Accessibility navigation


The remarkably strong Arctic stratospheric polar vortex of Winter 2020: links to record-breaking arctic oscillation and ozone loss

Lawrence, Z. D., Perlwitz, J., Butler, A. H., Manney, G. L., Newman, P. A., Lee, S. H. and Nash, E. R. (2020) The remarkably strong Arctic stratospheric polar vortex of Winter 2020: links to record-breaking arctic oscillation and ozone loss. Journal of Geophysical Research: Atmospheres, 125 (22). e2020JD033271. ISSN 2169-8996

[img] Text - Accepted Version
· Restricted to Repository staff only until 9 May 2021.

7MB

It is advisable to refer to the publisher's version if you intend to cite from this work. See Guidance on citing.

To link to this item DOI: 10.1029/2020JD033271

Abstract/Summary

The Northern Hemisphere (NH) polar winter stratosphere of 2019/2020 featured an exceptionally strong and cold stratospheric polar vortex. Wave activity from the troposphere during December–February was unusually low, which allowed the polar vortex to remain relatively undisturbed. Several transient wave pulses nonetheless served to help create a reflective configuration of the stratospheric circulation by disturbing the vortex in the upper stratosphere. Subsequently, multiple downward wave coupling events took place, which aided in dynamically cooling and strengthening the polar vortex. The persistent strength of the stratospheric polar vortex was accompanied by an unprecedentedly positive phase of the Arctic Oscillation in the troposphere during January–March, which was consistent with large portions of observed surface temperature and precipitation anomalies during the season. Similarly, conditions within the strong polar vortex were ripe for allowing substantial ozone loss: The undisturbed vortex was a strong transport barrier, and temperatures were low enough to form polar stratospheric clouds for over 4 months into late March. Total column ozone amounts in the NH polar cap decreased and were the lowest ever observed in the February–April period. The unique confluence of conditions and multiple broken records makes the 2019/2020 winter and early spring a particularly extreme example of two‐way coupling between the troposphere and stratosphere.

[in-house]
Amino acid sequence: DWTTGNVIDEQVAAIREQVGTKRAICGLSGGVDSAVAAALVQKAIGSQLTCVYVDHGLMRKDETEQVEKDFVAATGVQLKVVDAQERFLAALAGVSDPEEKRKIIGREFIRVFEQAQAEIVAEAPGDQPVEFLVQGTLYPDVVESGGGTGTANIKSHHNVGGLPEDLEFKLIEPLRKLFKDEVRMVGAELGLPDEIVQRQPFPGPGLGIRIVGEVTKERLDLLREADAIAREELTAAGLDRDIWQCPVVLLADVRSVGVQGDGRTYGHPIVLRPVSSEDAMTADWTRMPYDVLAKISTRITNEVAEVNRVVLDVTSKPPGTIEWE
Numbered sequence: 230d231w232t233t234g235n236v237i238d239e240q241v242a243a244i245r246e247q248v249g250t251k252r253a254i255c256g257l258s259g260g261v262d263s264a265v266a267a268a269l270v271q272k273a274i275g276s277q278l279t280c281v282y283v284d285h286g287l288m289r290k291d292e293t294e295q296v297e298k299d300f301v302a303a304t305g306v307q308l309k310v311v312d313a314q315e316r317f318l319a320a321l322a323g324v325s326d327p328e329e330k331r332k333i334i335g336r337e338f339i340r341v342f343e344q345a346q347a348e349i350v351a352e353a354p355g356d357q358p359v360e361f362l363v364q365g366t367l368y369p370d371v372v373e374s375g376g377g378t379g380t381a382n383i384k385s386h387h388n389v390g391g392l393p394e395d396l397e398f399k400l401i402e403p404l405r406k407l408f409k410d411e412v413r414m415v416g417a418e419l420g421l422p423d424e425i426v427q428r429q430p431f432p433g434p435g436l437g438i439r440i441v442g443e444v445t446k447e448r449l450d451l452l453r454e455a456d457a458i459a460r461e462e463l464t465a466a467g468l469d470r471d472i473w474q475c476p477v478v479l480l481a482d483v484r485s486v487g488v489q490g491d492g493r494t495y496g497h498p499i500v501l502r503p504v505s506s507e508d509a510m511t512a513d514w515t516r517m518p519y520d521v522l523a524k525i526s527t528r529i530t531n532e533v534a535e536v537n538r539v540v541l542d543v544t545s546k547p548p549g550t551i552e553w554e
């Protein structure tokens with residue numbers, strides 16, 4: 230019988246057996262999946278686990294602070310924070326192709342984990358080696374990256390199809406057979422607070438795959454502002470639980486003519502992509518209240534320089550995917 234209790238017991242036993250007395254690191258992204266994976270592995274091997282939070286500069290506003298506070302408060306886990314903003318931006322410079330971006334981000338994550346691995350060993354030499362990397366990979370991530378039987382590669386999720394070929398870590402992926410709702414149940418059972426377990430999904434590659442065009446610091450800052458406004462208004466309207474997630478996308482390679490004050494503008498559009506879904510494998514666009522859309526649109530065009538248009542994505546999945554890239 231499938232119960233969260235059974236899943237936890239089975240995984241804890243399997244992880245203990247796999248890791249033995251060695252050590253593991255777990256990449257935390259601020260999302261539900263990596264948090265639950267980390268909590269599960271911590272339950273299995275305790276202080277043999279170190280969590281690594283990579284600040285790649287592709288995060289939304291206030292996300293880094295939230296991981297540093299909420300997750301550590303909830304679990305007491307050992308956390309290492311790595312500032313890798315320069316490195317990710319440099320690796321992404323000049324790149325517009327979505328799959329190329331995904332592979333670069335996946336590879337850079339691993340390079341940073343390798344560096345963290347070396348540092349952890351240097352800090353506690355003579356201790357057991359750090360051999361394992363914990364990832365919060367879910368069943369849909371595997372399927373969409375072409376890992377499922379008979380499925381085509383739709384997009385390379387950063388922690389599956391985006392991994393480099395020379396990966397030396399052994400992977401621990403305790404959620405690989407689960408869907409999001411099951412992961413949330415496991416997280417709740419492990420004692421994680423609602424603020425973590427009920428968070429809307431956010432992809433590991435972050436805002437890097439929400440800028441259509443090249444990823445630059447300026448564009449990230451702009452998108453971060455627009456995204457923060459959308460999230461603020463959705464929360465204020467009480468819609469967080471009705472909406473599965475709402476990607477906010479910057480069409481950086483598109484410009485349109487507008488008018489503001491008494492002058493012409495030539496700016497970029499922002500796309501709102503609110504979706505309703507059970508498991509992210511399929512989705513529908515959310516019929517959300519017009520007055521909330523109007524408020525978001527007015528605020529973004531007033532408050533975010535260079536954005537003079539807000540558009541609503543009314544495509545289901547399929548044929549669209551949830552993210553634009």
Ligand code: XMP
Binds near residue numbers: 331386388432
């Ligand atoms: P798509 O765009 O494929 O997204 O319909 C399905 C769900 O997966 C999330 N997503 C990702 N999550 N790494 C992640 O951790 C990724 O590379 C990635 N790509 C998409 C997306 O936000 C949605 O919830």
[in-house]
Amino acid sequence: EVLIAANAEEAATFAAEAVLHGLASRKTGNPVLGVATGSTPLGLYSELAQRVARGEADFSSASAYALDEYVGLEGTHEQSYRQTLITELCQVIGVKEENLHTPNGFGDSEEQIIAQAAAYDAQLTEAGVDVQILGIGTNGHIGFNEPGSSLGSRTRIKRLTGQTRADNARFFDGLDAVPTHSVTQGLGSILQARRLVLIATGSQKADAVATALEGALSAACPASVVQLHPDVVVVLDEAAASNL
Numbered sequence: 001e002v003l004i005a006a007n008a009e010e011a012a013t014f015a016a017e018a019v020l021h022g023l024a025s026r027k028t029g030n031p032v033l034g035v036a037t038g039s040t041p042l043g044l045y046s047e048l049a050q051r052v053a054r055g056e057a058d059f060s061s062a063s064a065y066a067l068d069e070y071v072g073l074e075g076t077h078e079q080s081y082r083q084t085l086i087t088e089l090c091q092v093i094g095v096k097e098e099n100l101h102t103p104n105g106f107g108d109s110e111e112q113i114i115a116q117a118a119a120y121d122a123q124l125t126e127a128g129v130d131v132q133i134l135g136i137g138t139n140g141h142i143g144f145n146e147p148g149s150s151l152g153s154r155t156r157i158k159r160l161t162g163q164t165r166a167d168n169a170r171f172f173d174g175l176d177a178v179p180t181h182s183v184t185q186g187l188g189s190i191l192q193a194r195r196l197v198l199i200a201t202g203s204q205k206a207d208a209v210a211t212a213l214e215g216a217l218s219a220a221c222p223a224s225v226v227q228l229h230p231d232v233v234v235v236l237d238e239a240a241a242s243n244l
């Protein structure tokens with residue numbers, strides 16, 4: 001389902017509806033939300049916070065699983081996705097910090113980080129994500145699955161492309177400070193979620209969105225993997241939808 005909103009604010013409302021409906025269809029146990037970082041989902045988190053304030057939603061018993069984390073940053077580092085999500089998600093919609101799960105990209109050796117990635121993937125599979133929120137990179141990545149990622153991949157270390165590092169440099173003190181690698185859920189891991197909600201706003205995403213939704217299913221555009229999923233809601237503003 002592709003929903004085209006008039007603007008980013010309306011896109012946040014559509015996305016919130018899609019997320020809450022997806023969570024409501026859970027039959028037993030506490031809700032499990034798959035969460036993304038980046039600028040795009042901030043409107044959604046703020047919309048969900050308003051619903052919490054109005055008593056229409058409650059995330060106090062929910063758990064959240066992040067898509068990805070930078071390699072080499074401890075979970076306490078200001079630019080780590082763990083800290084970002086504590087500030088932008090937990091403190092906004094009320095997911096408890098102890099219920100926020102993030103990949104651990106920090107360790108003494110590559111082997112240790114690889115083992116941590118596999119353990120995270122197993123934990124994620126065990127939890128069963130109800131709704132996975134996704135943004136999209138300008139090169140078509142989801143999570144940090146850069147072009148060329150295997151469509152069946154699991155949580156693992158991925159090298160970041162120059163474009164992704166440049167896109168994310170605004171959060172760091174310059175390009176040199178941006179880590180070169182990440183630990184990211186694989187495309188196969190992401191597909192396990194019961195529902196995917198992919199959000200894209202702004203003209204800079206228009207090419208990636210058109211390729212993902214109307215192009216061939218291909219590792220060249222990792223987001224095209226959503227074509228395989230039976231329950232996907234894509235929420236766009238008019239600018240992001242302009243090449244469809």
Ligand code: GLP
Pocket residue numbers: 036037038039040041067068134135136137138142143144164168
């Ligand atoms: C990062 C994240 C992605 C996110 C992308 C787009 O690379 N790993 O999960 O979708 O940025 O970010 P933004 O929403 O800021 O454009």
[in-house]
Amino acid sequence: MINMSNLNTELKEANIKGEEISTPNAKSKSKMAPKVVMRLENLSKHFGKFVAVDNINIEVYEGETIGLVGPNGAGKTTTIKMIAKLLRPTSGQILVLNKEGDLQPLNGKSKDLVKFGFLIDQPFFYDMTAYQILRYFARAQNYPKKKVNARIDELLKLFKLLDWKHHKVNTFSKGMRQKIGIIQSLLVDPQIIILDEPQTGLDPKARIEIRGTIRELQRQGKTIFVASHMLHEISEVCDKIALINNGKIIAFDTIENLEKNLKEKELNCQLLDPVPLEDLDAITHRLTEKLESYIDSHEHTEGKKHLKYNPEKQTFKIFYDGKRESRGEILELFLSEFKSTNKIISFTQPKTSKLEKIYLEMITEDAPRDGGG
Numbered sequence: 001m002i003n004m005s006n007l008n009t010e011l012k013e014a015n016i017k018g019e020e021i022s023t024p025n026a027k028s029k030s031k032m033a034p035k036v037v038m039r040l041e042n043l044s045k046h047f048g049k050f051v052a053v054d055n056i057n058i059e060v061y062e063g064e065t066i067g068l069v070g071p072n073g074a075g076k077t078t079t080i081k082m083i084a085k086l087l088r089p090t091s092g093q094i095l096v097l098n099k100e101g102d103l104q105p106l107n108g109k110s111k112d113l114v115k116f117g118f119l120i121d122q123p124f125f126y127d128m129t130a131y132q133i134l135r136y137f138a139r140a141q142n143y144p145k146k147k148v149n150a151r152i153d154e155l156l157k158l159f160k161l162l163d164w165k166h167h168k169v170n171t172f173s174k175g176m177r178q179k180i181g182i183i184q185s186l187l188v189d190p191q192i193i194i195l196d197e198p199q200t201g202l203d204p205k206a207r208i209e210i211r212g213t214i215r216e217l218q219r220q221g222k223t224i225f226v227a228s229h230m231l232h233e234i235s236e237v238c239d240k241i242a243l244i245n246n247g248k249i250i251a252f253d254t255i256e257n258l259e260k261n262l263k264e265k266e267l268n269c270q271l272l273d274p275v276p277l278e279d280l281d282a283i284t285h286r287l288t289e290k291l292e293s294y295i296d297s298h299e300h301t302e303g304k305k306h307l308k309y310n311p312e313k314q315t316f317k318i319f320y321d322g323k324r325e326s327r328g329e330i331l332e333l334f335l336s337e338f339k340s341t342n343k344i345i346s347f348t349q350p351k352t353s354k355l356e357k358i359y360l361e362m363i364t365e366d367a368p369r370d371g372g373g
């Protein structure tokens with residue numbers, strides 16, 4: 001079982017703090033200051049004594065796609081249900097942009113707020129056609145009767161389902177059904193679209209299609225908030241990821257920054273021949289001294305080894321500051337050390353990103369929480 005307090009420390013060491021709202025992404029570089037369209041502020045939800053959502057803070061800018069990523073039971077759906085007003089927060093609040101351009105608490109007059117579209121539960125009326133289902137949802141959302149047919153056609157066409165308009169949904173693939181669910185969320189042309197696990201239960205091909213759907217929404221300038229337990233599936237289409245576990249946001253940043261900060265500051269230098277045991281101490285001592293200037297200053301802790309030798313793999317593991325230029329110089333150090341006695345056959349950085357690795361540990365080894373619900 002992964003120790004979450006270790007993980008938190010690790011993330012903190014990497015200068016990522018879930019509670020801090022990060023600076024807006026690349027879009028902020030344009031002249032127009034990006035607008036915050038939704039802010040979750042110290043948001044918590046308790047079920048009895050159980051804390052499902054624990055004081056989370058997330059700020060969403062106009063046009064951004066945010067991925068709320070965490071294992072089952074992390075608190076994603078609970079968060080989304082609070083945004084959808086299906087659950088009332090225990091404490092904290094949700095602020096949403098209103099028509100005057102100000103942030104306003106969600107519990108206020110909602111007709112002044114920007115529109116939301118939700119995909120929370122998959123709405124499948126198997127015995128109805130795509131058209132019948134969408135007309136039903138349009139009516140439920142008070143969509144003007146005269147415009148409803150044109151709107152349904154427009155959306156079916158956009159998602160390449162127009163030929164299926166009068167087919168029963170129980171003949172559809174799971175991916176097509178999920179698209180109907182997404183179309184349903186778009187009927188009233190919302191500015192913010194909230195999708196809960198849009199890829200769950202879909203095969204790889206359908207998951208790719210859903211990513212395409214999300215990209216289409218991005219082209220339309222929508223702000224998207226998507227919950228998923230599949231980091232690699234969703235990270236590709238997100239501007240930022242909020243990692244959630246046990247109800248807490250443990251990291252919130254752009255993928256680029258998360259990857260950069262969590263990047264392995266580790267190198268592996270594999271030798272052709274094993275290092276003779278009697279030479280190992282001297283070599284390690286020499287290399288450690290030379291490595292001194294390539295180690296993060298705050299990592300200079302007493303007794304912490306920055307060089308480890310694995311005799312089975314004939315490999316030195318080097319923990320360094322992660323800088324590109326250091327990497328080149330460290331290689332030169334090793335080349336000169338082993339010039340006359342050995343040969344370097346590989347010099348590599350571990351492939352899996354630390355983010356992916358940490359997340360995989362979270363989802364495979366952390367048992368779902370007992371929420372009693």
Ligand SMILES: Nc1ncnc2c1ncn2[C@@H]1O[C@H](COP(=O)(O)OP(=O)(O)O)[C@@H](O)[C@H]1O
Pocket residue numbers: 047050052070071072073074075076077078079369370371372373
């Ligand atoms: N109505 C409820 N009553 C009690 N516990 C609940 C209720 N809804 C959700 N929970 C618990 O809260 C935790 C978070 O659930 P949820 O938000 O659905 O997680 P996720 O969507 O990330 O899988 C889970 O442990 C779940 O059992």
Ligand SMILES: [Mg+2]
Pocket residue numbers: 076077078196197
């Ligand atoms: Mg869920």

Item Type:Article
Refereed:Yes
Divisions:Science > School of Mathematical, Physical and Computational Sciences > Department of Meteorology
ID Code:93447
Publisher:American Geophysical Union

University Staff: Request a correction | Centaur Editors: Update this record

Page navigation